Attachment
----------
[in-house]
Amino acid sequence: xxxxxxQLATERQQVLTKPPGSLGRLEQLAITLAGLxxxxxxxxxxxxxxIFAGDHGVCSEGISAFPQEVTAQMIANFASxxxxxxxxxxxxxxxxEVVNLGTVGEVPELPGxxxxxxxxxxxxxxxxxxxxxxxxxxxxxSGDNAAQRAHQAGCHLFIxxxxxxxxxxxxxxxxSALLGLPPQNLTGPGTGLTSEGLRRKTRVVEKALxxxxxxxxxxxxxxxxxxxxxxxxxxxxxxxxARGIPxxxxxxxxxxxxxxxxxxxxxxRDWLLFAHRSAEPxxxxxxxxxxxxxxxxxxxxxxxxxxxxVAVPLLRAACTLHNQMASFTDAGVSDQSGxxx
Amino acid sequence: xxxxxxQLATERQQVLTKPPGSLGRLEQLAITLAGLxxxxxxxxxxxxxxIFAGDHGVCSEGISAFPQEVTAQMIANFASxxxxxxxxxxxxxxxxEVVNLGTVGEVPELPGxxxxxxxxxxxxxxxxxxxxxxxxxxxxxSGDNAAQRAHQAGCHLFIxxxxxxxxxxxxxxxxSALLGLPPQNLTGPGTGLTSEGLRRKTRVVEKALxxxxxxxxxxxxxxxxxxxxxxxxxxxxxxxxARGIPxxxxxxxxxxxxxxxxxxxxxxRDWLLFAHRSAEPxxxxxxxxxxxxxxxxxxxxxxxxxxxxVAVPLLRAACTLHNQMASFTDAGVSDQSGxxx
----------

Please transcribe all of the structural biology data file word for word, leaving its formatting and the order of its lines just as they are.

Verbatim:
[in-house]
Amino acid sequence: xxxxxxQLATERQQVLTKPPGSLGRLEQLAITLAGLxxxxxxxxxxxxxxIFAGDHGVCSEGISAFPQEVTAQMIANFASxxxxxxxxxxxxxxxxEVVNLGTVGEVPELPGxxxxxxxxxxxxxxxxxxxxxxxxxxxxxSGDNAAQRAHQAGCHLFIxxxxxxxxxxxxxxxxSALLGLPPQNLTGPGTGLTSEGLRRKTRVVEKALxxxxxxxxxxxxxxxxxxxxxxxxxxxxxxxxARGIPxxxxxxxxxxxxxxxxxxxxxxRDWLLFAHRSAEPxxxxxxxxxxxxxxxxxxxxxxxxxxxxVAVPLLRAACTLHNQMASFTDAGVSDQSGxxx
Amino acid sequence: xxxxxxQLATERQQVLTKPPGSLGRLEQLAITLAGLxxxxxxxxxxxxxxIFAGDHGVCSEGISAFPQEVTAQMIANFASxxxxxxxxxxxxxxxxEVVNLGTVGEVPELPGxxxxxxxxxxxxxxxxxxxxxxxxxxxxxSGDNAAQRAHQAGCHLFIxxxxxxxxxxxxxxxxSALLGLPPQNLTGPGTGLTSEGLRRKTRVVEKALxxxxxxxxxxxxxxxxxxxxxxxxxxxxxxxxARGIPxxxxxxxxxxxxxxxxxxxxxxRDWLLFAHRSAEPxxxxxxxxxxxxxxxxxxxxxxxxxxxxVAVPLLRAACTLHNQMASFTDAGVSDQSGxxx